Media

Latest news, updates and information on APRIL Group

As a big paper company, Riau Andalan Pulp or Paper (RAPP) is among the ideal companies for many jobseekers in Indonesia. This includes second generation employees of RAPP - young employees who are also given the opportunity join the company, just like their parents.

Kumparan.com recently had the opportunity to speak with three second-gen RAPP employees: Muhammad Ingga Satria (25), Rommy Endrawan (24), and Eny Chairany (33).

Although they are the children of RAPP employees, all three still had to undergo a competitive selection process for their jobs, like all other prospective employees.

“I was actually an intern at the company at first, where I was supposed to complete a two-month internship. However, because the RAPP employees considered my contribution during the internship to be valuable, it was extended until the end of the school term,” said Eny, who is currently working as a Corporate Visit Coordinator.

As children of RAPP employees, the three were already familiar with the company and the facilities provided to employee, since their childhoods. All three initially thought they would move elsewhere to work when they grew up, but they made the decision to contribute to this company based in Pangkalan Kerinci in Riau instead.

“I’m not sure why but most of my relatives on my mother’s side joined the police force. As the first grandson in the family, I was also expected to become a policeman but I guess I wasn’t destined to be one. I did focused on becoming one but failed in the final assessment stage, so I ended up going to university to continue my studies,” said Rommy, who currently works in RAPP’s Application Department.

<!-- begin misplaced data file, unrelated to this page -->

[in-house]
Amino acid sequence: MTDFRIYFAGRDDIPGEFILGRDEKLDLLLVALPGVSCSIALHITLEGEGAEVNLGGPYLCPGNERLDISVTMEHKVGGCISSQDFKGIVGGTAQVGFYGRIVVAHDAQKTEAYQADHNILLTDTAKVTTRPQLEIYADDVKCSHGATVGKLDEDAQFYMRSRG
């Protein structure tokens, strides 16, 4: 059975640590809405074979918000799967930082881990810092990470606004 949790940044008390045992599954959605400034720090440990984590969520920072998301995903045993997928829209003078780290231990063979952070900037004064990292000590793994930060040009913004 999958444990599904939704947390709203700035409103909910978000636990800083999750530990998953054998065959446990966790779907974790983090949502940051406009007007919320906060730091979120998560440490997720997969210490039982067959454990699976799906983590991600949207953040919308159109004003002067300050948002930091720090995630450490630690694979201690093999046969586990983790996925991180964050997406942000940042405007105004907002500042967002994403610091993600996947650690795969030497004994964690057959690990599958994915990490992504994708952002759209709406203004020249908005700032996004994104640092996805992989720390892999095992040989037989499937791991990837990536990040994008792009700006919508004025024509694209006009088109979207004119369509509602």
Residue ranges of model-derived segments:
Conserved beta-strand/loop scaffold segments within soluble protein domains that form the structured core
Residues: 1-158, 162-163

Meanwhile, Muhammad Ingga, who is involved in running RAPP’s Distributed Control System (DCS) was able to pursue a degree at the Pulp and Paper Technology Academy in Bandung, with a scholarship from RAPP.

“When I was in high school and taking part in the Math Olympiad, my teacher told me to try applying for a scholarship to go to Bandung and Alhamdullilah, I was successful,” he said.

Carrying out assigned tasks while maintaining the good name of their parents has certainly not been easy, they said. All three have experienced being overshadowed at times by their parents who are long time employees of RAPP.

“But I don’t feel bad – rather, I feel quite proud if my parents outshine me.

“I think you have to be highly committed to join RAPP – if you’re not worthy, you wouldn’t even get the job. It doesn’t matter whose child you are. It’s all about fairness here, and if you’re considered not up to the task, you’ll be replaced with someone more suitable,” Rommy said.

Being entrusted by RAPP motivates the three to improve their performance and to innovate, to prove themselves as competent employees, and not just be seen as “the children of employees”.

“I think continuous improvement is mandatory. If there is no active effort to improve, no success can be achieved since you’ll either be stagnant or fail rather quickly. Every day, when there’s an issue that is resolved, I think about how to improve on resolving similar issues in the future,” Eny said.

The second-gen employees also expressed their hopes for the company.

“We hope that it continues to be a company which ensures the welfare of its employees and nearby residents, and to continue producing things which benefits the community as well as the environment,” Ingga said.

This article was produced in cooperation with PT Riau Andalan Pulp and Paper.